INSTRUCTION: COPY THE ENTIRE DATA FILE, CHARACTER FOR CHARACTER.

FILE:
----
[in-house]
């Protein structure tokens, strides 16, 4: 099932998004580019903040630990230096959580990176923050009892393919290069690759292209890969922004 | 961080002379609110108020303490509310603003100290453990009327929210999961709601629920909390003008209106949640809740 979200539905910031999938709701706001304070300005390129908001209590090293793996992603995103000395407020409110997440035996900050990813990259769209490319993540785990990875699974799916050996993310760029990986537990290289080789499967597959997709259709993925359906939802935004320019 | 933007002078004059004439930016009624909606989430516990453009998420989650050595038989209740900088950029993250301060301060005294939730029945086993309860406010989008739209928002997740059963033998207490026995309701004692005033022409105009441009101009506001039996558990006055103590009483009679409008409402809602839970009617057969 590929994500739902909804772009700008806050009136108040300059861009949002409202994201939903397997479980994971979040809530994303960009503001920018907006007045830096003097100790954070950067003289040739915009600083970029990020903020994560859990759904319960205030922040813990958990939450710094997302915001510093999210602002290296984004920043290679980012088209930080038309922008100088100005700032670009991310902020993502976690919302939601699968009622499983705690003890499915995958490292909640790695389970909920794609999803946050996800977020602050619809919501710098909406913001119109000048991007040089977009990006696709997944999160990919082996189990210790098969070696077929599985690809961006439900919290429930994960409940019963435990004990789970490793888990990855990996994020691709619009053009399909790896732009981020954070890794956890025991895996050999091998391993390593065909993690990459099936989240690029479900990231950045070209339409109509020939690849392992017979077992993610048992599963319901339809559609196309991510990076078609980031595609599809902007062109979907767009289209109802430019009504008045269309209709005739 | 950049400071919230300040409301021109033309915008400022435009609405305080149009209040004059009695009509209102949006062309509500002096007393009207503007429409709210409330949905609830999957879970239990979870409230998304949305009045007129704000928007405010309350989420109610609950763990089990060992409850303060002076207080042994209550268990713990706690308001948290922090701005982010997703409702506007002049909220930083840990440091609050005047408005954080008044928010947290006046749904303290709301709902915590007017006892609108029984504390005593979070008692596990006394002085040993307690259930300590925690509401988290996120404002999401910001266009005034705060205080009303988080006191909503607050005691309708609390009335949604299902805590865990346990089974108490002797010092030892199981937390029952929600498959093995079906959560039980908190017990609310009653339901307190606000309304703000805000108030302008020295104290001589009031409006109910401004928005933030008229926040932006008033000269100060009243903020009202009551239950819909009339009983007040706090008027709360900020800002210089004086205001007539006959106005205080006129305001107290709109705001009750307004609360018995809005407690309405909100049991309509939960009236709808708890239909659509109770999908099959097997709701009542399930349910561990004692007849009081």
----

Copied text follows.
[in-house]
């Protein structure tokens, strides 16, 4: 099932998004580019903040630990230096959580990176923050009892393919290069690759292209890969922004 | 961080002379609110108020303490509310603003100290453990009327929210999961709601629920909390003008209106949640809740 979200539905910031999938709701706001304070300005390129908001209590090293793996992603995103000395407020409110997440035996900050990813990259769209490319993540785990990875699974799916050996993310760029990986537990290289080789499967597959997709259709993925359906939802935004320019 | 933007002078004059004439930016009624909606989430516990453009998420989650050595038989209740900088950029993250301060301060005294939730029945086993309860406010989008739209928002997740059963033998207490026995309701004692005033022409105009441009101009506001039996558990006055103590009483009679409008409402809602839970009617057969 590929994500739902909804772009700008806050009136108040300059861009949002409202994201939903397997479980994971979040809530994303960009503001920018907006007045830096003097100790954070950067003289040739915009600083970029990020903020994560859990759904319960205030922040813990958990939450710094997302915001510093999210602002290296984004920043290679980012088209930080038309922008100088100005700032670009991310902020993502976690919302939601699968009622499983705690003890499915995958490292909640790695389970909920794609999803946050996800977020602050619809919501710098909406913001119109000048991007040089977009990006696709997944999160990919082996189990210790098969070696077929599985690809961006439900919290429930994960409940019963435990004990789970490793888990990855990996994020691709619009053009399909790896732009981020954070890794956890025991895996050999091998391993390593065909993690990459099936989240690029479900990231950045070209339409109509020939690849392992017979077992993610048992599963319901339809559609196309991510990076078609980031595609599809902007062109979907767009289209109802430019009504008045269309209709005739 | 950049400071919230300040409301021109033309915008400022435009609405305080149009209040004059009695009509209102949006062309509500002096007393009207503007429409709210409330949905609830999957879970239990979870409230998304949305009045007129704000928007405010309350989420109610609950763990089990060992409850303060002076207080042994209550268990713990706690308001948290922090701005982010997703409702506007002049909220930083840990440091609050005047408005954080008044928010947290006046749904303290709301709902915590007017006892609108029984504390005593979070008692596990006394002085040993307690259930300590925690509401988290996120404002999401910001266009005034705060205080009303988080006191909503607050005691309708609390009335949604299902805590865990346990089974108490002797010092030892199981937390029952929600498959093995079906959560039980908190017990609310009653339901307190606000309304703000805000108030302008020295104290001589009031409006109910401004928005933030008229926040932006008033000269100060009243903020009202009551239950819909009339009983007040706090008027709360900020800002210089004086205001007539006959106005205080006129305001107290709109705001009750307004609360018995809005407690309405909100049991309509939960009236709808708890239909659509109770999908099959097997709701009542399930349910561990004692007849009081």